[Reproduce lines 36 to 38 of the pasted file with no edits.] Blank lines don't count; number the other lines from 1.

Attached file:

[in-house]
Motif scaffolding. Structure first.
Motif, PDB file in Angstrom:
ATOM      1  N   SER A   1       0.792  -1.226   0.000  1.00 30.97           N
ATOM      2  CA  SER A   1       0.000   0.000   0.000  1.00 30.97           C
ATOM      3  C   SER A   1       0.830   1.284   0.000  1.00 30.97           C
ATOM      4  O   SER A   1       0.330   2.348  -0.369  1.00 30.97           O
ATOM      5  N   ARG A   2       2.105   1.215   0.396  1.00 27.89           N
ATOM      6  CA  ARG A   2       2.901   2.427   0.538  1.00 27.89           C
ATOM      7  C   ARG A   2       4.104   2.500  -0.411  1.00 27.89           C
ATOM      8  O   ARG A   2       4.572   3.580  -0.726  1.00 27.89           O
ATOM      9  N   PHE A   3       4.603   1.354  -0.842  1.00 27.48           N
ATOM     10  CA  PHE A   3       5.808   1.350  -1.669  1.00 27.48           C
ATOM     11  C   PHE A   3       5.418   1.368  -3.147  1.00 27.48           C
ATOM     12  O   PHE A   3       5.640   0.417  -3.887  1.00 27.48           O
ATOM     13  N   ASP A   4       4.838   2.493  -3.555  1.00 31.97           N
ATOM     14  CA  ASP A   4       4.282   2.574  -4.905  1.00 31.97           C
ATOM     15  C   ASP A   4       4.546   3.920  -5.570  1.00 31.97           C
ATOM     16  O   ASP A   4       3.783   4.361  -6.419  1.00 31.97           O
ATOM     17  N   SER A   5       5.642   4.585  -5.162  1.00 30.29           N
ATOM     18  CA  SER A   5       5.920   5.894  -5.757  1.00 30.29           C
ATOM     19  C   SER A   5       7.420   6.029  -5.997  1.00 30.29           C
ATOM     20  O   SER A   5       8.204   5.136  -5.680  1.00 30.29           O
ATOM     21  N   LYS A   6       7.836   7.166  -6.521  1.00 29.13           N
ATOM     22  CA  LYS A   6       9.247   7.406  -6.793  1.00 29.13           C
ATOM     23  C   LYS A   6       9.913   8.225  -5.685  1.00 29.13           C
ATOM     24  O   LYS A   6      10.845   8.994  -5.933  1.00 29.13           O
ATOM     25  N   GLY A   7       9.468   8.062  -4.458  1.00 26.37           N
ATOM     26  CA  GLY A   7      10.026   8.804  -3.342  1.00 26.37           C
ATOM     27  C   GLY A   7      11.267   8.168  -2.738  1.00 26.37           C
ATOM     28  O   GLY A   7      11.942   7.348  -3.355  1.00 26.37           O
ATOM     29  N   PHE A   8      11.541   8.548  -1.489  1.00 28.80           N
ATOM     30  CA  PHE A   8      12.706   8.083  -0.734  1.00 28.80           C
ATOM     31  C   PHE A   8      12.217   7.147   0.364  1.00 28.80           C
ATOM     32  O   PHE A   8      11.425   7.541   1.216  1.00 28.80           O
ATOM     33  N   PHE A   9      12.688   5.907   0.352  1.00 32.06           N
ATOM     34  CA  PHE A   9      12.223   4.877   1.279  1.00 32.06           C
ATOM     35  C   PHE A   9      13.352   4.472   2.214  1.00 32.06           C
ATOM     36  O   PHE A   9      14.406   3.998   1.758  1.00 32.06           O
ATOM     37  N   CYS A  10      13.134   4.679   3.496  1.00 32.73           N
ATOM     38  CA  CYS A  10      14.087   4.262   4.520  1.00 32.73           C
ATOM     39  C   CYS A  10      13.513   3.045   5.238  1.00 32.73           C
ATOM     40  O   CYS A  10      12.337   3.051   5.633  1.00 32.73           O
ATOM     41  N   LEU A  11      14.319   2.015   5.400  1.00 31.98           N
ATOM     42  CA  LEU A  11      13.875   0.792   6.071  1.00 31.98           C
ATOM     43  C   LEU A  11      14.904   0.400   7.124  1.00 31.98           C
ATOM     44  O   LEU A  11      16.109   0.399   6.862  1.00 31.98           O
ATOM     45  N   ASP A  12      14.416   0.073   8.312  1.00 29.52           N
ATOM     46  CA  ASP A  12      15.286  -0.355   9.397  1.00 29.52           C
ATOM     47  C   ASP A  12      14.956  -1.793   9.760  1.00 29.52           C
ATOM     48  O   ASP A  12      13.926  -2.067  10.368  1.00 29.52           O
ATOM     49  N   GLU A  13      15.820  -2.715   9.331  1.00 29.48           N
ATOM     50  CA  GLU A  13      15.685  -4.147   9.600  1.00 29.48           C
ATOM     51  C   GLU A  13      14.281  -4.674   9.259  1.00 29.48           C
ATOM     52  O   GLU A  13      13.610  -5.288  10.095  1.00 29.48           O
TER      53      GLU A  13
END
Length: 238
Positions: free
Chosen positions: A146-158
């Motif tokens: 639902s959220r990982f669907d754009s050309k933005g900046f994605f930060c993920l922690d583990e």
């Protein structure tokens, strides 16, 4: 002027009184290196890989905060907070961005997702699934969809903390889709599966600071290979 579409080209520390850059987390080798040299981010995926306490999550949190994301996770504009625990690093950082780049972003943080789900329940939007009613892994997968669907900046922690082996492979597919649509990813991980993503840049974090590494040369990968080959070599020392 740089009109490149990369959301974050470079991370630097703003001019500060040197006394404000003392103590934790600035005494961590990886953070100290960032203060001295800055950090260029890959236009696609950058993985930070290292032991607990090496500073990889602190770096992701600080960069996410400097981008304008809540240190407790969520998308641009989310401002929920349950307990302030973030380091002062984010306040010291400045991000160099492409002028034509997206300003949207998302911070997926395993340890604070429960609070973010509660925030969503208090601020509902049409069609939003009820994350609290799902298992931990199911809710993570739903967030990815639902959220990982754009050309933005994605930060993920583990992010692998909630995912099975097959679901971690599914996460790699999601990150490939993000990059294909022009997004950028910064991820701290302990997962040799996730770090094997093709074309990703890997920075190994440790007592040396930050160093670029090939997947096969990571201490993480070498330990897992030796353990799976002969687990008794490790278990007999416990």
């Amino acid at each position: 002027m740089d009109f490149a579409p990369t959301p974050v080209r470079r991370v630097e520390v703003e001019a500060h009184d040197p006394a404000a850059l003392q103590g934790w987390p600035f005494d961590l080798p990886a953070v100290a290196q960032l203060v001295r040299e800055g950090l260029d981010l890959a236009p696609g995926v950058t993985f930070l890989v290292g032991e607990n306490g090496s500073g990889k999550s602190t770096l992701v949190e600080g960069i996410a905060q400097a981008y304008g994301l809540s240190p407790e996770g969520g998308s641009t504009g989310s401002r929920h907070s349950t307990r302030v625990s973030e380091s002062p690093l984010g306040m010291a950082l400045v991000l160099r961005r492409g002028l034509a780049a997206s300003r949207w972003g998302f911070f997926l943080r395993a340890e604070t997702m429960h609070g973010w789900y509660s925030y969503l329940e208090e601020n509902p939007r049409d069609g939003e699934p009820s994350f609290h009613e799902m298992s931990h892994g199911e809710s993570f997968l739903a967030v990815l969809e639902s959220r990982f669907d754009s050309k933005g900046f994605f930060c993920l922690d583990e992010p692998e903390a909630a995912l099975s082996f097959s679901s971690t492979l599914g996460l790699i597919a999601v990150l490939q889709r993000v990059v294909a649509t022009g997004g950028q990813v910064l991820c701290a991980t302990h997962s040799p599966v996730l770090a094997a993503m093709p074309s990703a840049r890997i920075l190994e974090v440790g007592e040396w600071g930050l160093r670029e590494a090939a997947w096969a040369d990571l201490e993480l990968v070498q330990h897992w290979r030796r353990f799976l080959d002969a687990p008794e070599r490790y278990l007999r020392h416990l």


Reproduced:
ATOM     33  N   PHE A   9      12.688   5.907   0.352  1.00 32.06           N
ATOM     34  CA  PHE A   9      12.223   4.877   1.279  1.00 32.06           C
ATOM     35  C   PHE A   9      13.352   4.472   2.214  1.00 32.06           C